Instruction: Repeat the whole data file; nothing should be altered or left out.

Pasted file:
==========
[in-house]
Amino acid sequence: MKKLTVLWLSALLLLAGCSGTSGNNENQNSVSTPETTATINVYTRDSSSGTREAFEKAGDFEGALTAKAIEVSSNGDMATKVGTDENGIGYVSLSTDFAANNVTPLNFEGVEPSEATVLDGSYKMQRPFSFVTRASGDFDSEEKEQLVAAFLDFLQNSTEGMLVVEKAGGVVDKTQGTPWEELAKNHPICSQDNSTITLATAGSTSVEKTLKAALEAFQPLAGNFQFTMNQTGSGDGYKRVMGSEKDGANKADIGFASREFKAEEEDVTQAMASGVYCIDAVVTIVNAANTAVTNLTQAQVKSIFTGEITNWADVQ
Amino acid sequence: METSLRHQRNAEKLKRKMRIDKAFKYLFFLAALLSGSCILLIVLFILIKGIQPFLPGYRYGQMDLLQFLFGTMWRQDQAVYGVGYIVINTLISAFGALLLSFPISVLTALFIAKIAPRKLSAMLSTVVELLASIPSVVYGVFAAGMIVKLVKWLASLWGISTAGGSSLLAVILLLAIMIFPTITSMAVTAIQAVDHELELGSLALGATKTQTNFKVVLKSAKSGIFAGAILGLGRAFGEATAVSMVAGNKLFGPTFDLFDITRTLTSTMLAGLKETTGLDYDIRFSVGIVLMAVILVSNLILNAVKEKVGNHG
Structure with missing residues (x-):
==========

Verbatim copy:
[in-house]
Amino acid sequence: MKKLTVLWLSALLLLAGCSGTSGNNENQNSVSTPETTATINVYTRDSSSGTREAFEKAGDFEGALTAKAIEVSSNGDMATKVGTDENGIGYVSLSTDFAANNVTPLNFEGVEPSEATVLDGSYKMQRPFSFVTRASGDFDSEEKEQLVAAFLDFLQNSTEGMLVVEKAGGVVDKTQGTPWEELAKNHPICSQDNSTITLATAGSTSVEKTLKAALEAFQPLAGNFQFTMNQTGSGDGYKRVMGSEKDGANKADIGFASREFKAEEEDVTQAMASGVYCIDAVVTIVNAANTAVTNLTQAQVKSIFTGEITNWADVQ
Amino acid sequence: METSLRHQRNAEKLKRKMRIDKAFKYLFFLAALLSGSCILLIVLFILIKGIQPFLPGYRYGQMDLLQFLFGTMWRQDQAVYGVGYIVINTLISAFGALLLSFPISVLTALFIAKIAPRKLSAMLSTVVELLASIPSVVYGVFAAGMIVKLVKWLASLWGISTAGGSSLLAVILLLAIMIFPTITSMAVTAIQAVDHELELGSLALGATKTQTNFKVVLKSAKSGIFAGAILGLGRAFGEATAVSMVAGNKLFGPTFDLFDITRTLTSTMLAGLKETTGLDYDIRFSVGIVLMAVILVSNLILNAVKEKVGNHG
Structure with missing residues (x-):